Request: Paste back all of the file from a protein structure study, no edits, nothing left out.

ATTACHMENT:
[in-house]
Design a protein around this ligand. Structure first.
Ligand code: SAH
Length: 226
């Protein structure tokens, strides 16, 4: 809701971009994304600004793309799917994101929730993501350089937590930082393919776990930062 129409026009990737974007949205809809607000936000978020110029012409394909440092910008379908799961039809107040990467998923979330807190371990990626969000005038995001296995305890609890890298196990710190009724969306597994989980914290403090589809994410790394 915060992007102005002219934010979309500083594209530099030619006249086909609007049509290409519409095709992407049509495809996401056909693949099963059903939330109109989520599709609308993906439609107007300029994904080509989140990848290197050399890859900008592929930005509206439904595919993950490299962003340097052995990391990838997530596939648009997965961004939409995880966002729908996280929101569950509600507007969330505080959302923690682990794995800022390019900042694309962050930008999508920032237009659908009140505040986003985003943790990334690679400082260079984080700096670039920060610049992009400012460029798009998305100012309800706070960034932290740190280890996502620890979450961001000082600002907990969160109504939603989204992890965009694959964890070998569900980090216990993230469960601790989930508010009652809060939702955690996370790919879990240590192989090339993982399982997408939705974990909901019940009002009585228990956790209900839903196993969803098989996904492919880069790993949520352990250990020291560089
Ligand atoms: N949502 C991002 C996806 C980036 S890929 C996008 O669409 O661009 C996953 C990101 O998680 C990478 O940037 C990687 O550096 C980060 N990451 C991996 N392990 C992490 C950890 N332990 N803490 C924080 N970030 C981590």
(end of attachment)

[in-house]
Design a protein around this ligand. Structure first.
Ligand code: SAH
Length: 226
């Protein structure tokens, strides 16, 4: 809701971009994304600004793309799917994101929730993501350089937590930082393919776990930062 129409026009990737974007949205809809607000936000978020110029012409394909440092910008379908799961039809107040990467998923979330807190371990990626969000005038995001296995305890609890890298196990710190009724969306597994989980914290403090589809994410790394 915060992007102005002219934010979309500083594209530099030619006249086909609007049509290409519409095709992407049509495809996401056909693949099963059903939330109109989520599709609308993906439609107007300029994904080509989140990848290197050399890859900008592929930005509206439904595919993950490299962003340097052995990391990838997530596939648009997965961004939409995880966002729908996280929101569950509600507007969330505080959302923690682990794995800022390019900042694309962050930008999508920032237009659908009140505040986003985003943790990334690679400082260079984080700096670039920060610049992009400012460029798009998305100012309800706070960034932290740190280890996502620890979450961001000082600002907990969160109504939603989204992890965009694959964890070998569900980090216990993230469960601790989930508010009652809060939702955690996370790919879990240590192989090339993982399982997408939705974990909901019940009002009585228990956790209900839903196993969803098989996904492919880069790993949520352990250990020291560089
Ligand atoms: N949502 C991002 C996806 C980036 S890929 C996008 O669409 O661009 C996953 C990101 O998680 C990478 O940037 C990687 O550096 C980060 N990451 C991996 N392990 C992490 C950890 N332990 N803490 C924080 N970030 C981590």